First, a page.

Washington Post: GOP To Use Debt Limit To Force Spending Cuts, With Medicare, Social Security In Mix, McCarthy Says
House Minority Leader Kevin McCarthy (R-Calif.) said that if Republicans win control of the House the GOP will use raising the debt limit as leverage to force spending cuts — which could include cuts to Medicare and Social Security — and limit additional funding to Ukraine.
“You can’t just continue down the path to keep spending and adding to the debt,” the California Republican told Punchbowl News in a recent interview. “And if people want to make a debt ceiling [for a longer period of time], just like anything else, there comes a point in time where, okay, we’ll provide you more money, but you got to change your current behavior.”
“We’re not just going to keep lifting your credit card limit, right,” he added. “And we should seriously sit together and [figure out] where can we eliminate some waste? Where can we make the economy grow stronger?”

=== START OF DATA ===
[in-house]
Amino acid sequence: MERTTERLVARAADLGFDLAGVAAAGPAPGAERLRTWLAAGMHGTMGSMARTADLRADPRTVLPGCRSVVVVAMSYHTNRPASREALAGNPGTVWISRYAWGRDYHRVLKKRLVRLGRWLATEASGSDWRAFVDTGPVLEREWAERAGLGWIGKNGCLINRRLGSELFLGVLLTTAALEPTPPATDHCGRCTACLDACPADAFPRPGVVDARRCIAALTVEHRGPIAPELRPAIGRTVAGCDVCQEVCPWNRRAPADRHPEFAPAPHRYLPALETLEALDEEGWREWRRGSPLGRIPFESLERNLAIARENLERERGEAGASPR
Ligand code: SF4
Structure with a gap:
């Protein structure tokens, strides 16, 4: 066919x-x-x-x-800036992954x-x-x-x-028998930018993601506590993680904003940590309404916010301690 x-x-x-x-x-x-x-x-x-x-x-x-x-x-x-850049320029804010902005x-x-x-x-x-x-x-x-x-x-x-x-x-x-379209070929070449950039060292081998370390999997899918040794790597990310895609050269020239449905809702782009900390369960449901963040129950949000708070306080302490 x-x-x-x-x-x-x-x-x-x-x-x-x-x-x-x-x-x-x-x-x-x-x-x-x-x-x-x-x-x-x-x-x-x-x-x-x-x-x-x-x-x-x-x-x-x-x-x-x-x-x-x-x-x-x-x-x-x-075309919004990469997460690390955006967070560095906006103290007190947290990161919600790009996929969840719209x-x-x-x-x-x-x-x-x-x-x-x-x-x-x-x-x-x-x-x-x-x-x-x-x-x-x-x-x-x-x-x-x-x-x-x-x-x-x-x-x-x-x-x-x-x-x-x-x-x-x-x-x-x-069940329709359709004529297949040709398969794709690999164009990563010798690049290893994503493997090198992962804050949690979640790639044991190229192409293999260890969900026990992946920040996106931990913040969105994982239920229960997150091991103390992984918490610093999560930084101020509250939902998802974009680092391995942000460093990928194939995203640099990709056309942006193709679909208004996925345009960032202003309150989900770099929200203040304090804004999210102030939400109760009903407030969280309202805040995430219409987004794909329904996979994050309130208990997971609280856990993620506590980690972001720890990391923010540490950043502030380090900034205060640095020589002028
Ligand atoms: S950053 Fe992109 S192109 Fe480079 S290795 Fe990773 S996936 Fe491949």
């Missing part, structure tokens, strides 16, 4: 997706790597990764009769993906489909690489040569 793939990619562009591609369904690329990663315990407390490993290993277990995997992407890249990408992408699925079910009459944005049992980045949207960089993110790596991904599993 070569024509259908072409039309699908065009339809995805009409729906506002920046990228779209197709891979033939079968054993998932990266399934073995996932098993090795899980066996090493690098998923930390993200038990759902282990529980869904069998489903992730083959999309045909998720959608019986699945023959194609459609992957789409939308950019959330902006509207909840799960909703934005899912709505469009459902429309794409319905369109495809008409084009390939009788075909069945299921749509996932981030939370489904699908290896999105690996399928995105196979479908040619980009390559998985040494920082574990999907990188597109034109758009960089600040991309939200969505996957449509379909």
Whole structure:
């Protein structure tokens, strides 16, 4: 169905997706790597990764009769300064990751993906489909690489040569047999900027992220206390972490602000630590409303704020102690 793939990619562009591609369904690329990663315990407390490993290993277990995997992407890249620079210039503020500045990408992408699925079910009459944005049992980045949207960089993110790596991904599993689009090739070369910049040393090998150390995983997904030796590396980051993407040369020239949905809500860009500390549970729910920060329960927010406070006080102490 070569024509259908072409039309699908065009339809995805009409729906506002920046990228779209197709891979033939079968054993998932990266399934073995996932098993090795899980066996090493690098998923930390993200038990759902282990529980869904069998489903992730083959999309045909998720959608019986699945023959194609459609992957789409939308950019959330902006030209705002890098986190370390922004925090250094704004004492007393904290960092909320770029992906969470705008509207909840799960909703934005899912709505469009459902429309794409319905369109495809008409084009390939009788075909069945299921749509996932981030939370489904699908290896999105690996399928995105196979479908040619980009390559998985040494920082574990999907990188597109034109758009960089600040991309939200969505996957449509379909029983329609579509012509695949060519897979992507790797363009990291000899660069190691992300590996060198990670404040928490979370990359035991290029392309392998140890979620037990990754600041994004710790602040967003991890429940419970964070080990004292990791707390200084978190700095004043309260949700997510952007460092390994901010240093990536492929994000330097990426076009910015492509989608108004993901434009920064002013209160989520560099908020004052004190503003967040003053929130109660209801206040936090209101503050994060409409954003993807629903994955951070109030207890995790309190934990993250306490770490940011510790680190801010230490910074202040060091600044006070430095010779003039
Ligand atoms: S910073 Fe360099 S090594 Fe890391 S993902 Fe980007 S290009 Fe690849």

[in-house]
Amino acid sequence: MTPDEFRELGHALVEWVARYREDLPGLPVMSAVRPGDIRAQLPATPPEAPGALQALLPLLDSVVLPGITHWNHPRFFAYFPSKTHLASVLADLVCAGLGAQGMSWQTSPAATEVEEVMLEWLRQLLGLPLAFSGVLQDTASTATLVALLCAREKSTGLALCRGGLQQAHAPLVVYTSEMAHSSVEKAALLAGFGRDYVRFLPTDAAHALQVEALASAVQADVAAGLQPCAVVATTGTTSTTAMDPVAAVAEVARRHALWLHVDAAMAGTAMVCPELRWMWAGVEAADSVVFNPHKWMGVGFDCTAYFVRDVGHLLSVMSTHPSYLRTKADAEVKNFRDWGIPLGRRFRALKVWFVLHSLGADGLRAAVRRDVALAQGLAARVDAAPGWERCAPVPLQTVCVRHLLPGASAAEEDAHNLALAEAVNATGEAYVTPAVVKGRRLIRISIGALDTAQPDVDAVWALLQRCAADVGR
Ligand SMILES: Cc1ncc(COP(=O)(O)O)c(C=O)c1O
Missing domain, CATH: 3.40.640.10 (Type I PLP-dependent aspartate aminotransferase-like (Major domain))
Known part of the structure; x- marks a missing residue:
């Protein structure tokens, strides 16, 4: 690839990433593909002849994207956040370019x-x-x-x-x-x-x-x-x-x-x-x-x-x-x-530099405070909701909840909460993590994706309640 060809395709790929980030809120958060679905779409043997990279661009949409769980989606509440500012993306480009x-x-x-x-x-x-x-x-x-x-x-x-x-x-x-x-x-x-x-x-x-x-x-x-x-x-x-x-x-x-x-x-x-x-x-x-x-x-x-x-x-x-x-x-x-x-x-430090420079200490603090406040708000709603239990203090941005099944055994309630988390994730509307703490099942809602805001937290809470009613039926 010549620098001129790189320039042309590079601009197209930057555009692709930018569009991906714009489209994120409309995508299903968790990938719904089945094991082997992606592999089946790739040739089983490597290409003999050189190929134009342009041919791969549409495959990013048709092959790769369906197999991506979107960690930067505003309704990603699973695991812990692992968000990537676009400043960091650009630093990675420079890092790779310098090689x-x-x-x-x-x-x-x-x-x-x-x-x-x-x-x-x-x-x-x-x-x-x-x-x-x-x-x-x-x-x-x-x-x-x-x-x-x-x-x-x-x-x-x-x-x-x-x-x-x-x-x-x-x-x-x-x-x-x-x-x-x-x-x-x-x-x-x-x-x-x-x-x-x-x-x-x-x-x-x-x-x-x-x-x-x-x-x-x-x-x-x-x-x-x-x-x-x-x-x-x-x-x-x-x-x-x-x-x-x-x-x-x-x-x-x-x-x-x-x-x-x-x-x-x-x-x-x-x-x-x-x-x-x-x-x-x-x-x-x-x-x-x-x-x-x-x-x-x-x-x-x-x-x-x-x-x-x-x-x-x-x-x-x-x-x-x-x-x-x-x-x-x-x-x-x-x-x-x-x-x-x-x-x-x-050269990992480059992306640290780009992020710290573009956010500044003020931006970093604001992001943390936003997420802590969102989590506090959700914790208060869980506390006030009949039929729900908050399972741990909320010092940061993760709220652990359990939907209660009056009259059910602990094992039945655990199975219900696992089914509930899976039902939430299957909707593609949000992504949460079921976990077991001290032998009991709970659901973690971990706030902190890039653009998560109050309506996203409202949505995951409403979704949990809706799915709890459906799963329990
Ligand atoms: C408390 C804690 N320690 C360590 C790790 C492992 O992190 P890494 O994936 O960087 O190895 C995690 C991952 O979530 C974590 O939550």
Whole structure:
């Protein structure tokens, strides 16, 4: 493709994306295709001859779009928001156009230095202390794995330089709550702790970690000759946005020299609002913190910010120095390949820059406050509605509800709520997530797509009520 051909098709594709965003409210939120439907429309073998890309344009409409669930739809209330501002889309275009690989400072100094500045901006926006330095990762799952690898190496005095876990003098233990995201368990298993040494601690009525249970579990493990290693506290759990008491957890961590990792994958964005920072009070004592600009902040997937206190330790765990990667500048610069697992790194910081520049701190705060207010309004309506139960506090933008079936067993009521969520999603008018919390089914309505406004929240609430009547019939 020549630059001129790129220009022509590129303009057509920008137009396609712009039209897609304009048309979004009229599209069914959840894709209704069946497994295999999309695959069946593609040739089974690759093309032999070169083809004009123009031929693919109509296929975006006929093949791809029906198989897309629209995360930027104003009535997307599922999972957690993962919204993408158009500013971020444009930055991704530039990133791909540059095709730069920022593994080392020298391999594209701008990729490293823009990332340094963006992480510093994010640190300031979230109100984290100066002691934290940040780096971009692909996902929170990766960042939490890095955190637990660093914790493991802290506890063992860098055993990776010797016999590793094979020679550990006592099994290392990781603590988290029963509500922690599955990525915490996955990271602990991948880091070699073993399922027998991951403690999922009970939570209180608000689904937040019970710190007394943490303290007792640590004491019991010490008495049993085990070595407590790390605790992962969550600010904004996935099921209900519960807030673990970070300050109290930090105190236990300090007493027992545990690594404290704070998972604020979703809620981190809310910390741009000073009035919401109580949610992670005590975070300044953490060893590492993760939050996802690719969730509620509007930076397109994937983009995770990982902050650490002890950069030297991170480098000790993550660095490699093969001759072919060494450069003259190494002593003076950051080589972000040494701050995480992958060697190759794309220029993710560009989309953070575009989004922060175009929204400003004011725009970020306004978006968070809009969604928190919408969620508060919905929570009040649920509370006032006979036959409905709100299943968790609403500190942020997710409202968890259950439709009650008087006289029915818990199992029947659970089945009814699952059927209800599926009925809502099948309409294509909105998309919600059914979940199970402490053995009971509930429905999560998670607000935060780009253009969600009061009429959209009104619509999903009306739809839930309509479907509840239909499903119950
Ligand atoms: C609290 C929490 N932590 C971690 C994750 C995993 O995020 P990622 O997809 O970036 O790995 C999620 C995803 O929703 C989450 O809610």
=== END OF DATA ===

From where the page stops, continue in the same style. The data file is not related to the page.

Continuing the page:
Pressed on whether changes to the entitlement programs such as Medicare and Social Security were part of the debt ceiling discussions, McCarthy said he would not “predetermine” anything.
The debt limit — the country’s borrowing cap — will need to be lifted next year to protect the country’s credit score and to prevent the United States from defaulting on its debt. But McCarthy suggested that his party would be willing to hold the debt limit up for policy changes.
Axios: GOP Leaders Prepare For 2023 Debt Limit "Nightmare"
GOP leaders, congressional aides and business groups are preparing for a potential "nightmare scenario" next year if House Republicans take back the majority: a debt limit showdown reminiscent of the near-crisis in 2011.
Why it matters: There are serious question marks — and underlying anxiety — surrounding what type of leader Rep. Kevin McCarthy (R-Calif.) will be if elected as House speaker. How he handles a debt limit showdown will be a crucial test of his leadership abilities for which key stakeholders are already privately planning.
The Hill: McConnell, McCarthy Public Splits Raise Questions About Ability To Govern
McConnell helped fashion a compromise in December that allowed Democrats to raise the debt limit through the Senate with a simple majority vote.